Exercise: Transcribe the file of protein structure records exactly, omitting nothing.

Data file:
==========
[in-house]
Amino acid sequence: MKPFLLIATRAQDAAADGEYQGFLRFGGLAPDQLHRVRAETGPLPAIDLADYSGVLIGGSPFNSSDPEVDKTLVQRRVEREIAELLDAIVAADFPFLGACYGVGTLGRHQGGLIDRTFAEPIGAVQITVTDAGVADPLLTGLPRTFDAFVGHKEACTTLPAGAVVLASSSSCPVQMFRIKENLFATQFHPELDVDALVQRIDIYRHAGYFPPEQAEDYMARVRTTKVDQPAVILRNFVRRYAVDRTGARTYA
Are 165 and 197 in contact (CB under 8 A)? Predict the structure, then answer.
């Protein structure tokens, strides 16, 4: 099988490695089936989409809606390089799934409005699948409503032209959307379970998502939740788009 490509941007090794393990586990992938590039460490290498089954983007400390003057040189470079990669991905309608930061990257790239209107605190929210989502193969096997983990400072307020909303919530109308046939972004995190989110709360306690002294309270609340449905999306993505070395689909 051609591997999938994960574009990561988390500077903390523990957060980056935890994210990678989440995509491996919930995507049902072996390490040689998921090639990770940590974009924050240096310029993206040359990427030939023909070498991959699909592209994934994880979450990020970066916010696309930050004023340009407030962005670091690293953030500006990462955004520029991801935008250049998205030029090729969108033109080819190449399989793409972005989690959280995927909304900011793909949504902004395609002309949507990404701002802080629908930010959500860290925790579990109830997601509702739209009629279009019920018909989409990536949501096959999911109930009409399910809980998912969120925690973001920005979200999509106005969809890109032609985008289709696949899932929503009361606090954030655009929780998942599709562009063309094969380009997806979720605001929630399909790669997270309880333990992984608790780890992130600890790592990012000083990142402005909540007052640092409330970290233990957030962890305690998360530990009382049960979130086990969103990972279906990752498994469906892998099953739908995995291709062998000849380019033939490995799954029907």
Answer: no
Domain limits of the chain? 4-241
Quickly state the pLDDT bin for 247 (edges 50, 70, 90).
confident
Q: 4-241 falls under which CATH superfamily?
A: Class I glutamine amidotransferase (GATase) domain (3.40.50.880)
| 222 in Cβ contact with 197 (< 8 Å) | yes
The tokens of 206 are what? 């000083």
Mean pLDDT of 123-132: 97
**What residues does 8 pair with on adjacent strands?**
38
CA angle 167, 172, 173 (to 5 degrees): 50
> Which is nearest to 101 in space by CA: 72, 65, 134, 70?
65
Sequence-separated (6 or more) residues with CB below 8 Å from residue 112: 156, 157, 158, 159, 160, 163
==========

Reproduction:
[in-house]
Amino acid sequence: MKPFLLIATRAQDAAADGEYQGFLRFGGLAPDQLHRVRAETGPLPAIDLADYSGVLIGGSPFNSSDPEVDKTLVQRRVEREIAELLDAIVAADFPFLGACYGVGTLGRHQGGLIDRTFAEPIGAVQITVTDAGVADPLLTGLPRTFDAFVGHKEACTTLPAGAVVLASSSSCPVQMFRIKENLFATQFHPELDVDALVQRIDIYRHAGYFPPEQAEDYMARVRTTKVDQPAVILRNFVRRYAVDRTGARTYA
Are 165 and 197 in contact (CB under 8 A)? Predict the structure, then answer.
């Protein structure tokens, strides 16, 4: 099988490695089936989409809606390089799934409005699948409503032209959307379970998502939740788009 490509941007090794393990586990992938590039460490290498089954983007400390003057040189470079990669991905309608930061990257790239209107605190929210989502193969096997983990400072307020909303919530109308046939972004995190989110709360306690002294309270609340449905999306993505070395689909 051609591997999938994960574009990561988390500077903390523990957060980056935890994210990678989440995509491996919930995507049902072996390490040689998921090639990770940590974009924050240096310029993206040359990427030939023909070498991959699909592209994934994880979450990020970066916010696309930050004023340009407030962005670091690293953030500006990462955004520029991801935008250049998205030029090729969108033109080819190449399989793409972005989690959280995927909304900011793909949504902004395609002309949507990404701002802080629908930010959500860290925790579990109830997601509702739209009629279009019920018909989409990536949501096959999911109930009409399910809980998912969120925690973001920005979200999509106005969809890109032609985008289709696949899932929503009361606090954030655009929780998942599709562009063309094969380009997806979720605001929630399909790669997270309880333990992984608790780890992130600890790592990012000083990142402005909540007052640092409330970290233990957030962890305690998360530990009382049960979130086990969103990972279906990752498994469906892998099953739908995995291709062998000849380019033939490995799954029907």
Answer: no
Domain limits of the chain? 4-241
Quickly state the pLDDT bin for 247 (edges 50, 70, 90).
confident
Q: 4-241 falls under which CATH superfamily?
A: Class I glutamine amidotransferase (GATase) domain (3.40.50.880)
| 222 in Cβ contact with 197 (< 8 Å) | yes
The tokens of 206 are what? 């000083």
Mean pLDDT of 123-132: 97
**What residues does 8 pair with on adjacent strands?**
38
CA angle 167, 172, 173 (to 5 degrees): 50
> Which is nearest to 101 in space by CA: 72, 65, 134, 70?
65
Sequence-separated (6 or more) residues with CB below 8 Å from residue 112: 156, 157, 158, 159, 160, 163